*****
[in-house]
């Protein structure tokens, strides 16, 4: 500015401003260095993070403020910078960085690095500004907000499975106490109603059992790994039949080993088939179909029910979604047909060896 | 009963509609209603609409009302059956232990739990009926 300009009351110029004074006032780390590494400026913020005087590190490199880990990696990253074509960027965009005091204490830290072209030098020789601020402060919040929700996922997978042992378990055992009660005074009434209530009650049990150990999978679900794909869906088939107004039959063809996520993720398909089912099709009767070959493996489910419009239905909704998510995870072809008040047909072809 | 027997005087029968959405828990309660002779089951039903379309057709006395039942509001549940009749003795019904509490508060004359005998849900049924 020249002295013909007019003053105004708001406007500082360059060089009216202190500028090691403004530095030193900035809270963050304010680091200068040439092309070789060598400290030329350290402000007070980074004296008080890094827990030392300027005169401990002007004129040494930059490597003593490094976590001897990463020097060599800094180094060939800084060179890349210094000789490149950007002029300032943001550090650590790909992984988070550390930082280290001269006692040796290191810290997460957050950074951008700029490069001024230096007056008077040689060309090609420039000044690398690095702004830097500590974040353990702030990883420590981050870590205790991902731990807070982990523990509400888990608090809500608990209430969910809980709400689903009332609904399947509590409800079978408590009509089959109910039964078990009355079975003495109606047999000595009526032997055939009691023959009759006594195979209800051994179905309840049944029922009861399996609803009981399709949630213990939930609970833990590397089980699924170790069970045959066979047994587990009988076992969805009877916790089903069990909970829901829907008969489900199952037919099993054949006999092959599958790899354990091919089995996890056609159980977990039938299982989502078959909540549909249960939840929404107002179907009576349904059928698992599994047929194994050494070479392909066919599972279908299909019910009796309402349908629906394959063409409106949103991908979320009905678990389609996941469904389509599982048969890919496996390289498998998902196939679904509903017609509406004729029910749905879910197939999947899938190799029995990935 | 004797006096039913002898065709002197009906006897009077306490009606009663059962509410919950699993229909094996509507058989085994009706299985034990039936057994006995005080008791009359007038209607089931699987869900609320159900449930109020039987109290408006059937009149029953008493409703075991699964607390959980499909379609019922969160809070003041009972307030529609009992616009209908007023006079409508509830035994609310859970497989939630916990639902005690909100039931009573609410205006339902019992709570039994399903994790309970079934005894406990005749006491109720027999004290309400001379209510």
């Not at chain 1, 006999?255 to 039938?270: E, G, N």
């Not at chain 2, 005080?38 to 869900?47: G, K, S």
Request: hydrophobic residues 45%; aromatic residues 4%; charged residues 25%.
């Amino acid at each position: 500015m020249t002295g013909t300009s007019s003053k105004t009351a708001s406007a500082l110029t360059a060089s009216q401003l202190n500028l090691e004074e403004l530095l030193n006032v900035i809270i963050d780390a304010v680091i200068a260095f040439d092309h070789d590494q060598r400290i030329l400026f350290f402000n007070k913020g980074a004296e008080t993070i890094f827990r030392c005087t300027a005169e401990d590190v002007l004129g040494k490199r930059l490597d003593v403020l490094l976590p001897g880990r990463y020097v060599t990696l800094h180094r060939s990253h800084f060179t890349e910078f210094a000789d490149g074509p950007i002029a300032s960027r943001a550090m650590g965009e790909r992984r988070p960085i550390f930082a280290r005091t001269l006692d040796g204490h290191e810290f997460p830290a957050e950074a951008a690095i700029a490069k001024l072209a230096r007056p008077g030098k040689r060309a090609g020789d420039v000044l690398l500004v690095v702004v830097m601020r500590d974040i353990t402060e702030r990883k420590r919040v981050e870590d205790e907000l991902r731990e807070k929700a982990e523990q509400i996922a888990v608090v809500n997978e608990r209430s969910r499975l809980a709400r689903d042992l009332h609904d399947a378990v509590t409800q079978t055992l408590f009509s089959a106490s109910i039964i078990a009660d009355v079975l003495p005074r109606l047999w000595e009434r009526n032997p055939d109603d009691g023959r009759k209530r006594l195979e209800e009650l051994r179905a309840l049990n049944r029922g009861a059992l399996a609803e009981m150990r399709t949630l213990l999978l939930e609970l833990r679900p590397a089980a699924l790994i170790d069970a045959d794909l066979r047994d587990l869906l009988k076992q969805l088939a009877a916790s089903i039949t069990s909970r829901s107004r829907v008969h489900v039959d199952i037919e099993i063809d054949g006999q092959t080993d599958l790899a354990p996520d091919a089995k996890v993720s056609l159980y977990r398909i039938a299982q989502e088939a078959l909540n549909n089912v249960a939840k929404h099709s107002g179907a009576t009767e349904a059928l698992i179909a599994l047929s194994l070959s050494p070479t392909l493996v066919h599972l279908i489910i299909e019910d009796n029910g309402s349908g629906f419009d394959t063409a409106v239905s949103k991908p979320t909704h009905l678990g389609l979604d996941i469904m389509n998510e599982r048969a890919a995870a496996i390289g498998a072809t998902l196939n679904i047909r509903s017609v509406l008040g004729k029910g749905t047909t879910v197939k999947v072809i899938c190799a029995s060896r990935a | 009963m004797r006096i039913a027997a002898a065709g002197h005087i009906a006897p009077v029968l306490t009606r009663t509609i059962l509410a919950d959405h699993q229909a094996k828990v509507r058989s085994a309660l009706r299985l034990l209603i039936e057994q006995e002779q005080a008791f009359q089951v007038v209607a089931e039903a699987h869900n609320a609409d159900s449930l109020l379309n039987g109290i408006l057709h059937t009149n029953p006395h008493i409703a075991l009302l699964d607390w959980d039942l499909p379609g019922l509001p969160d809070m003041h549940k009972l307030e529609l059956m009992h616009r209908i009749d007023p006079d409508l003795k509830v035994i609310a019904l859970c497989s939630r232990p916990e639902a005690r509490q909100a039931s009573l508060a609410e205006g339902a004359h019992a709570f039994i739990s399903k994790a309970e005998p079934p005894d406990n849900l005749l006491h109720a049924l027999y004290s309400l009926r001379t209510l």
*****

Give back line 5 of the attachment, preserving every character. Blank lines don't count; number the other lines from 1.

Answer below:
Request: hydrophobic residues 45%; aromatic residues 4%; charged residues 25%.